Published on March 11th, 2016 | by Robyn Purchia0
Dr. Mary Evelyn Tucker @ Religion & Ecology Summit
I’m blogging live from the Religion and Ecology Summit today. The prolific, Dr. Mary Evelyn Tucker, a Senior Lecturer and Research Scholar at Yale University and director of the Forum on Religion and Ecology at Yale, just finished giving her keynote address. Here are some quotes that stood out to me:
“We have the find the words to explain why we love the Earth.”
Communicating complex scientific, ethical, economic, political, and philosophical ideas in a moving way is one of the biggest challenges to the environmental movement. If we ask people of faith to care for creation, will it alienate secular environmentalists? If we highlight climate scientists’ dire predictions of the future, will we overwhelm people? Is there a way to inspire industry, conservative Republicans, and other, historically un-environmentally-interested groups?
Dr. Tucker’s call to find the words to explain why we love the Earth is simple because it asks everyone to think about the relationship they have with the world around them. Why do you love the Earth?
“The health issues are really going to bring us together.”
Besides my work on EdenKeeper, I also write for a few other publications. I’ve found that people get most excited and interested about environmental issues when I can tie it to their health.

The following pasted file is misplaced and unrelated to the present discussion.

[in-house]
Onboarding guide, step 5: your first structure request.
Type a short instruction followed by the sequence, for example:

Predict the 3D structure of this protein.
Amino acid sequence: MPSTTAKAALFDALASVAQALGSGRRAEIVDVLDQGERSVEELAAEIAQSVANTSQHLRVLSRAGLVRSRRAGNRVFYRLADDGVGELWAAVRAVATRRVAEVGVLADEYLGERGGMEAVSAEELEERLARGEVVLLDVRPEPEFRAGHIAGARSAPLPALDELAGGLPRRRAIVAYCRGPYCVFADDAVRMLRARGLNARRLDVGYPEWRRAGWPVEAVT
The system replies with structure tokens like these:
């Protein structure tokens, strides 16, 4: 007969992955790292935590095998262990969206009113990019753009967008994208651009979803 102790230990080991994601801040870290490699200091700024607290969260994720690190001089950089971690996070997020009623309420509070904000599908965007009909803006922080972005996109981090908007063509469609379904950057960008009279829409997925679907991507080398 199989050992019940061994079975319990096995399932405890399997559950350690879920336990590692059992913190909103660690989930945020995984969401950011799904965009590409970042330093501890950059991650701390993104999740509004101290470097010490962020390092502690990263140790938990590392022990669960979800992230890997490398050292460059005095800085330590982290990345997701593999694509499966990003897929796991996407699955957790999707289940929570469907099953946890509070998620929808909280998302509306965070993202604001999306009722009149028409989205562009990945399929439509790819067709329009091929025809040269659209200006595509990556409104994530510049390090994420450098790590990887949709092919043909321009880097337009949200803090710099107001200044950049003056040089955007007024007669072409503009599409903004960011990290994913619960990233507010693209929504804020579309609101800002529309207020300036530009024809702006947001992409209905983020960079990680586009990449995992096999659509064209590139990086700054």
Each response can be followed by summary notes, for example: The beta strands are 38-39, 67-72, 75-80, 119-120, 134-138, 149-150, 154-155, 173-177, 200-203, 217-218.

For example, recycled-tire crumb rubber infill has environmental impacts on wildlife, water quality, and air pollution. But people are most concerned about the material’s carcinogenic properties. While I think there are many reasons to ban the use of tire turf, I think the federal, state, and local government will eventually prohibit the material because it causes health impacts. It causes an immediate impact to people.
With other environmental issues — climate change, air pollution, water pollution, and species loss — it’s important to tie these issues to something that will immediately impact people. In that way, people are more inspired to take action.
“The most renewable energy that we have, in addition to water and wind, is the resilience of the human spirit. We can make this transition into a flourishing future.”
One of my favorite things about the religion and ecology movement, is its hope. Perhaps people of faith can look past the dire scientific predictions and believe that we can overcome better than other environmentalists. But having faith in the resilience of the human spirit is critical to stay sane as you continue to battle rich lobbyists, misguided politicians, and people with a short-term outlook on the world.
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